Of course, Injustice 2 also caters to lovers of multiplayer gaming, both local and online. As might be expected, the local options involve the traditional Versus mode, which is a simple one-on-one scrap, yet there is also an AI Battle Simulator that allows the creation of an AI-controlled team that can challenge other players for rewards. For those times where there just aren't any mates available to be pummelled, then the Internet comes to the rescue, with a very stable online option that's quick in match-make and seems both lag-free and responsive. There are the now obligatory Ranked, Unranked, and Private matches available, as well as King of the Hill rooms that operate on a 'winner stays on basis,' while the other occupants can be spectators (and jeer). There are maybe a few balancing issues that need to be addressed with some of the 'zoning' characters, as there seems to be a high proportion of the online population spamming Deadshot's ranged pistol attacks. It's the fighting game equivalent of camping and, while it's a perfectly legitimate tactic, it's hard not to get annoyed and frustrated when it occurs in every other match, so hopefully it's something that will get nerfed in a future update, even if it just needs a cool-down period before deployment. Guilds can be created that allow up to fifty members to join and fight on behalf of the same cause, as well as providing a good opportunity to earn exclusive Guild specific Mother boxes.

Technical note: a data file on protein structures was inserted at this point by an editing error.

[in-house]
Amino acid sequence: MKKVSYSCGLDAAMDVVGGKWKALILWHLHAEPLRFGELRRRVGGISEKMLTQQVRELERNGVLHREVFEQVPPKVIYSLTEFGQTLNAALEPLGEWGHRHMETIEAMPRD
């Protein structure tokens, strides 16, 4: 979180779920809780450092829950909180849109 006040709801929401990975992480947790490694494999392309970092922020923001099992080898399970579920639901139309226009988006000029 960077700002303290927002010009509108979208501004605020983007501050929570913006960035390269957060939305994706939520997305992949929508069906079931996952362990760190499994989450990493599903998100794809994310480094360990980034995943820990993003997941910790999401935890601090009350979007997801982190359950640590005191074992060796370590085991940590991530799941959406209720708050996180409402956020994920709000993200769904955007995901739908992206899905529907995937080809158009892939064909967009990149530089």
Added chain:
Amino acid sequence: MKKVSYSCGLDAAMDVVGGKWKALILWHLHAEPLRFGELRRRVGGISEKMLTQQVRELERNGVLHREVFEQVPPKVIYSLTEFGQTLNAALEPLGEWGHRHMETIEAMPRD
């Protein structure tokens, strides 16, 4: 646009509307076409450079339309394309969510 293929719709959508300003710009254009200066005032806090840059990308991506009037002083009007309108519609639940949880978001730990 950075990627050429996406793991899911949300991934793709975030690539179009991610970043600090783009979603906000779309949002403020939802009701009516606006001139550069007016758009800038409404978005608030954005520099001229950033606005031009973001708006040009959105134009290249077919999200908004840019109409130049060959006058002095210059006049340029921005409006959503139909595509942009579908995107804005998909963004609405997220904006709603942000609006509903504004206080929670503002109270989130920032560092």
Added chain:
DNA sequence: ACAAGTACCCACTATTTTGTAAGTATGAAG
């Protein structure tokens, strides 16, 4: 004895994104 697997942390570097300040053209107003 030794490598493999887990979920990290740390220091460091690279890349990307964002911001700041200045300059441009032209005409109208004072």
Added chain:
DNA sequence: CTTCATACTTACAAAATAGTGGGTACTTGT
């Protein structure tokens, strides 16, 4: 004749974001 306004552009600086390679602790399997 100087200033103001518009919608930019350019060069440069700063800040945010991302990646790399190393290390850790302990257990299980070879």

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Final Score
[i]Injustice 2[/i] packs a powerful meaty punch and has enough content crammed into its superhero trunks to put a lot of its genre sharing peers to shame. NetherRealm has delivered a satisfyingly robust package that tightens up and expands on pretty much every aspect that made its predecessor so great, while remaining true to the DC source material, and making a game that looks, sounds, and plays incredibly well.

8

/10